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Editorial: Good move by CVS

CVS is getting some well-deserved praise after announcing that it will stop selling tobacco products by Oct. 1.

With 7,600 stores nationwide, CVS is the nation's second largest drugstore chain. Company officials said the move makes sense as it continues to grow its health-care business.

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Chief Medical Officer Dr. Troyen A. Brennan said the presence of tobacco in its stores has made for some awkward conversations.

"One of the first questions they ask us is, 'Well, if you're going to be part of the health-care system, how can you continue to sell tobacco products?'" Brennan told The Associated Press. "There's really no good answer to that at all."

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Smoking declined through the latter part of the 20th century, and is at about 18 percent of adults, according to The AP, which also noted that the decline has pretty much stagnated since 2004.

A large percentage of those who do smoke say they want to quit, and with more and more places banning smokers in recent years, perhaps the number of smokers will decline further.

The AP, citing Food and Drug Administration statistics, noted that tobacco is responsible for about 480,000 deaths a year in the U.S. Additional costs include a greater likelihood of increased sick time and high medical bills.

President Barack Obama, in a written press release, praised CVS for its decision. "As one of the largest retailers and pharmacies in America, CVS Caremark sets a powerful example, and today's decision will help advance my Administration's efforts to reduce tobacco-related deaths, cancer and heart disease, as well as bring down health-care costs - ultimately saving lives and protecting untold numbers of families from pain and heartbreak for years to come," Obama said.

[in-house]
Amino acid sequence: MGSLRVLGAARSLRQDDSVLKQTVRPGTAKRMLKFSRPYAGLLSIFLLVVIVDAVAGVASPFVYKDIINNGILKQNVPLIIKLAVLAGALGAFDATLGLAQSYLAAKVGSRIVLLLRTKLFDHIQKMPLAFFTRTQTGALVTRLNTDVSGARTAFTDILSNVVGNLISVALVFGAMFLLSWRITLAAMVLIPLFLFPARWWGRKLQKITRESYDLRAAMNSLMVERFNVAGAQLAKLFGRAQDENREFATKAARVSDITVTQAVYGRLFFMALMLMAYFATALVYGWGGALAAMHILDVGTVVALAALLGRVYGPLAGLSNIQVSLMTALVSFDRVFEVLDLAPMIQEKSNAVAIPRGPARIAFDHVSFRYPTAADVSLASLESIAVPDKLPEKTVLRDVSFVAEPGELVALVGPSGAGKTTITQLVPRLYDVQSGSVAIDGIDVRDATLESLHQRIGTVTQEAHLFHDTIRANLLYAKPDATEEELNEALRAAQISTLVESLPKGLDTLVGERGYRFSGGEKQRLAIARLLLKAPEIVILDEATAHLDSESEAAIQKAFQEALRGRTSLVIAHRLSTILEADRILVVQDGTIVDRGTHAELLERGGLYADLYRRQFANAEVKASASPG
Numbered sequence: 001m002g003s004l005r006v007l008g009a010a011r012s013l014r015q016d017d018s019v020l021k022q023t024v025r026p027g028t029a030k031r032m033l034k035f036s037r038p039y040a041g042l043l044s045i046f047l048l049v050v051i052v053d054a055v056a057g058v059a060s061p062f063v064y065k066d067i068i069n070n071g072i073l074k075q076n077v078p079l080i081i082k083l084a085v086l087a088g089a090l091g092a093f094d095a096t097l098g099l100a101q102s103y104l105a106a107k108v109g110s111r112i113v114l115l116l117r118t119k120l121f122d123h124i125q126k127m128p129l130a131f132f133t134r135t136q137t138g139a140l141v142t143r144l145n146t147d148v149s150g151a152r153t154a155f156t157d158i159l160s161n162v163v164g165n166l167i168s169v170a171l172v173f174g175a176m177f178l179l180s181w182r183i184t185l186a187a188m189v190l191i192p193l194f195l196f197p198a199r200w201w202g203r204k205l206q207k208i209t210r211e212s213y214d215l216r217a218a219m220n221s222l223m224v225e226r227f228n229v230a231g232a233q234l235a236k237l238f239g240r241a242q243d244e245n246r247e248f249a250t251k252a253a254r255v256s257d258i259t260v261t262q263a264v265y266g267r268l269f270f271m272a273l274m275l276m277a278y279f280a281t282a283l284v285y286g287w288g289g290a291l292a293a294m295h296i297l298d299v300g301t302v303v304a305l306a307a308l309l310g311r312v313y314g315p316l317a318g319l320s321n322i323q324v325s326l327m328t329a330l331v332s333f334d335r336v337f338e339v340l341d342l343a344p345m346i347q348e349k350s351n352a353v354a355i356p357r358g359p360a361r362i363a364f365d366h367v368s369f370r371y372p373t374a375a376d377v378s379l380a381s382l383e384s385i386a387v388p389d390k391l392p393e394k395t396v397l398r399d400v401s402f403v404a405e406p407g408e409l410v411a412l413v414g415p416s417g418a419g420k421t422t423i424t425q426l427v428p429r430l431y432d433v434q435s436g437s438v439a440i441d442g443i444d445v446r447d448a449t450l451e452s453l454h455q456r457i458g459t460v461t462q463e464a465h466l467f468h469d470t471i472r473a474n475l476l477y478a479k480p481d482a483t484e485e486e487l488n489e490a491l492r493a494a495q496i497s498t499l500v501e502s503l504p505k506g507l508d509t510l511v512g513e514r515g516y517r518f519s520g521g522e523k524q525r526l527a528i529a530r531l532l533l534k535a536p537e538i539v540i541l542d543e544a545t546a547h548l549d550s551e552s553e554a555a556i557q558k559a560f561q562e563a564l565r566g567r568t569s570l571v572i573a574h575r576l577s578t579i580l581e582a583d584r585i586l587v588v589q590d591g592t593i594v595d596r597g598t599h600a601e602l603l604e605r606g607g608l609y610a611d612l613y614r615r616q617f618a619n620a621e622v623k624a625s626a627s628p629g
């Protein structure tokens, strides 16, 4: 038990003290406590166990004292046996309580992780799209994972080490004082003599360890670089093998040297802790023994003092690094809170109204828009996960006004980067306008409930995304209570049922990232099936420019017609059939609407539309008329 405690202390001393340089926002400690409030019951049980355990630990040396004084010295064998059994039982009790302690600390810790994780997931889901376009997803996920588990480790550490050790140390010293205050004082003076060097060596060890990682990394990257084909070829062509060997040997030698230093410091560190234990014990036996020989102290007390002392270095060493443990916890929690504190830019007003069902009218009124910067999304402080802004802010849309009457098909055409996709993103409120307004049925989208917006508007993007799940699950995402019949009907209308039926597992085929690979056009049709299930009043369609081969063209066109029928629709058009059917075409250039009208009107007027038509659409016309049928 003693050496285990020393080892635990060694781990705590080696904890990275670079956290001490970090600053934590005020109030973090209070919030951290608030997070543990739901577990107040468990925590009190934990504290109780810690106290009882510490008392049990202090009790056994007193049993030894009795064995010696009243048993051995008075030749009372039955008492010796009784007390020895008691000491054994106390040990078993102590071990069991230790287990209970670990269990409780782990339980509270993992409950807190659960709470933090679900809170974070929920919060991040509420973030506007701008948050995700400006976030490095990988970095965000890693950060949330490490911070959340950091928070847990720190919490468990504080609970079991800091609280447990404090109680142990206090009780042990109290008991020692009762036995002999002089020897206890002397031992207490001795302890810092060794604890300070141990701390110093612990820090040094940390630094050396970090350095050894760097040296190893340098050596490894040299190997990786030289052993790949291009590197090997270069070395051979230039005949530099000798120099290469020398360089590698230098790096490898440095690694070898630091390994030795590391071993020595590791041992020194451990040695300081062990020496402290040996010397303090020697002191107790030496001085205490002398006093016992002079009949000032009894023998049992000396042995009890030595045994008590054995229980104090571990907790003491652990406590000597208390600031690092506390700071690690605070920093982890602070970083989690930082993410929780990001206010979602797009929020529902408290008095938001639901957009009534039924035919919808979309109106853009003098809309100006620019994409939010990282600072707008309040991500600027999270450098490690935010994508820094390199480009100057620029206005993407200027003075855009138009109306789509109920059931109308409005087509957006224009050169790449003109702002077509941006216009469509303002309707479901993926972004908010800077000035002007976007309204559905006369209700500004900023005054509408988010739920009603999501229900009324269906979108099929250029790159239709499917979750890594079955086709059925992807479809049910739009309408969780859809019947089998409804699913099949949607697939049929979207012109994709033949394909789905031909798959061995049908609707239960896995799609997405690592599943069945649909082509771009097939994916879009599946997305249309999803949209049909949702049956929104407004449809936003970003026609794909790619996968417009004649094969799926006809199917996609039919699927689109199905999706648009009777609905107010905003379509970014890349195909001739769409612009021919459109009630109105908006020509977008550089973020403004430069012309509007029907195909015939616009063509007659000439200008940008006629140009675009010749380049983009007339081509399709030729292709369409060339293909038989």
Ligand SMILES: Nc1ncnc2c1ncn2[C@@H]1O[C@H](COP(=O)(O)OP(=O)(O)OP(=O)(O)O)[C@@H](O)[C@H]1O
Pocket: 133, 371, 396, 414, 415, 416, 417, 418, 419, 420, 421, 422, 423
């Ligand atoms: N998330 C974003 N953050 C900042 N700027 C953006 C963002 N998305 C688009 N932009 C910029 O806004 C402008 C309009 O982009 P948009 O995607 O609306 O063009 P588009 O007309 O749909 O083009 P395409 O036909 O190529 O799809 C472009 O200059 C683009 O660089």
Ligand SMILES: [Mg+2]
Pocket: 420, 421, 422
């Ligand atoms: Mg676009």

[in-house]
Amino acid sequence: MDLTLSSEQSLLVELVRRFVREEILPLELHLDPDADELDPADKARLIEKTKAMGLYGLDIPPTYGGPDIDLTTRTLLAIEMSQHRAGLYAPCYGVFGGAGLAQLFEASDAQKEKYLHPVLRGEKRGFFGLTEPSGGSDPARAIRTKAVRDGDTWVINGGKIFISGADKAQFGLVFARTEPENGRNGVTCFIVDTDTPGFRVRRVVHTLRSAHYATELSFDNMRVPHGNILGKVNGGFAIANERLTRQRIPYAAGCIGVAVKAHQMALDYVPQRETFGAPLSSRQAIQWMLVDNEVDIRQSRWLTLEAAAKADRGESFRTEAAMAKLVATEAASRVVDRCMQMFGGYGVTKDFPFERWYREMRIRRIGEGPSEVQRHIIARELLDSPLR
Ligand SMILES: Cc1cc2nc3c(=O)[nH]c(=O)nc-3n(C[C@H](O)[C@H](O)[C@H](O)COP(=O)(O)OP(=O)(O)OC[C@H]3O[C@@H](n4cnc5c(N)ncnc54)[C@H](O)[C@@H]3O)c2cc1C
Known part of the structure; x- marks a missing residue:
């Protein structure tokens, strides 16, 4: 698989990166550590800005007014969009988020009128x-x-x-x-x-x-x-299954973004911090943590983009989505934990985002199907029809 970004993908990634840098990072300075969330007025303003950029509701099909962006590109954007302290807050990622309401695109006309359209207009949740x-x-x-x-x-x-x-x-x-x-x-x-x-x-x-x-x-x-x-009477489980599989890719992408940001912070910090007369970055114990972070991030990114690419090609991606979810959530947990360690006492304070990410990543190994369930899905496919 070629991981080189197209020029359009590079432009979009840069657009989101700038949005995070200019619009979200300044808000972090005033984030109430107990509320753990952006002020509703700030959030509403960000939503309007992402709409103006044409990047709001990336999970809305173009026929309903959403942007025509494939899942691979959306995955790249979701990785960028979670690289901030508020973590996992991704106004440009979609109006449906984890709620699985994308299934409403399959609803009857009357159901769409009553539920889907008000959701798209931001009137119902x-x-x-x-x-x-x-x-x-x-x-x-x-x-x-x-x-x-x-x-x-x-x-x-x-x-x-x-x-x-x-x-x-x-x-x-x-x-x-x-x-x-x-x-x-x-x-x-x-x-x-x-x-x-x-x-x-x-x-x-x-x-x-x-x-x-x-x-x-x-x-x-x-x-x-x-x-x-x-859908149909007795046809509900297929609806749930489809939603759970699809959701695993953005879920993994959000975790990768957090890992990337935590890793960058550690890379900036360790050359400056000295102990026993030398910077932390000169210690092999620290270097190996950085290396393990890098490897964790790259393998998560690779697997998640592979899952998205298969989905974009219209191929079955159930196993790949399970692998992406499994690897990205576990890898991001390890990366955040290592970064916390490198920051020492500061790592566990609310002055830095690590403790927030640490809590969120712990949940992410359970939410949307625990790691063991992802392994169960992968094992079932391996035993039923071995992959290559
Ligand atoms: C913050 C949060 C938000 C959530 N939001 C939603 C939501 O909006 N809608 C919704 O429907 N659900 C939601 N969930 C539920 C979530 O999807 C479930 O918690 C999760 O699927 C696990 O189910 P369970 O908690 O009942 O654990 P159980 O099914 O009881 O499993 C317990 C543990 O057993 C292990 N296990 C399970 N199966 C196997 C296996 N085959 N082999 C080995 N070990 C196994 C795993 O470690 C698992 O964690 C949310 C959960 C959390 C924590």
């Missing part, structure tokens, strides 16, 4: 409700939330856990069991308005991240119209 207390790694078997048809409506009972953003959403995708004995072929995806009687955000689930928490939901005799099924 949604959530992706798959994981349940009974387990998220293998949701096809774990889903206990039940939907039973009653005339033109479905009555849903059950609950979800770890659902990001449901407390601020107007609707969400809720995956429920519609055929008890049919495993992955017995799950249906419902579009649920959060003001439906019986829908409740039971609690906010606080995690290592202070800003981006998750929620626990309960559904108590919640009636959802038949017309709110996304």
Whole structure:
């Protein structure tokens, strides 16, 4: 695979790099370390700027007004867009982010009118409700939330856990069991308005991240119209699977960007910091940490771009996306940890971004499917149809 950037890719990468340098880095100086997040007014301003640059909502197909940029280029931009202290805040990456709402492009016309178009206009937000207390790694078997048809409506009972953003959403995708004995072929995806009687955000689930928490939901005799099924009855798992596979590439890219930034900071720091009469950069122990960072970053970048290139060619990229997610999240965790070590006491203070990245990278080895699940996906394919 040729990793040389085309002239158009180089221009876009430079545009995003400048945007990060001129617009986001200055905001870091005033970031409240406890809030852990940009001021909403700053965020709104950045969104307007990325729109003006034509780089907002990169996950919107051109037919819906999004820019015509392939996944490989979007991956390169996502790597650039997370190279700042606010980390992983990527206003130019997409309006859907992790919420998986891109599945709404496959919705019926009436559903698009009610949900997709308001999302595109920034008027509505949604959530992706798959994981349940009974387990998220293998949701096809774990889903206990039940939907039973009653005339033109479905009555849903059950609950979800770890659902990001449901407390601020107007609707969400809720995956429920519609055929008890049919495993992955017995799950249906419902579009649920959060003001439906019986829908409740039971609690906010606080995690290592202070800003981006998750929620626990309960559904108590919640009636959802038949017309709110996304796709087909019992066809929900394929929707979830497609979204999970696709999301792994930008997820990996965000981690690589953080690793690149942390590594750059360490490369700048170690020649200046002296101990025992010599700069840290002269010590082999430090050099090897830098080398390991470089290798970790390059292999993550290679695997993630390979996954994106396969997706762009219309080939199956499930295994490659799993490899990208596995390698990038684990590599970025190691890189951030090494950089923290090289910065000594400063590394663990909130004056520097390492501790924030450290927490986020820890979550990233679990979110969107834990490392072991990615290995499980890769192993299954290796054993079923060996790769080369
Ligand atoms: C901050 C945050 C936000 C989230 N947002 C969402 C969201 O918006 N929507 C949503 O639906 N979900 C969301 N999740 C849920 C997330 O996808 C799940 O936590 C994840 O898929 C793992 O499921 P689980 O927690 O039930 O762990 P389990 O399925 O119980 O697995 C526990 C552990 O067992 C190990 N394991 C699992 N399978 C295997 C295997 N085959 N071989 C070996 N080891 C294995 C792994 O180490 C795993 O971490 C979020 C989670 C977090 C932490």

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The AP noted that CVS says it is likely to lose about $2 billion in annual revenue with the move. In all likelihood, a lot of that revenue will be made up as the chain continues to offer more health-related services.

But it is still good to see a major corporation make a move like this, even though it will at least initially have a negative impact on the bottom line.

As places where people go to get their health-care needs met, it just makes sense for places like CVS to focus on products and services that will help keep us well as opposed to those that are known to have a negative impact on our lives.

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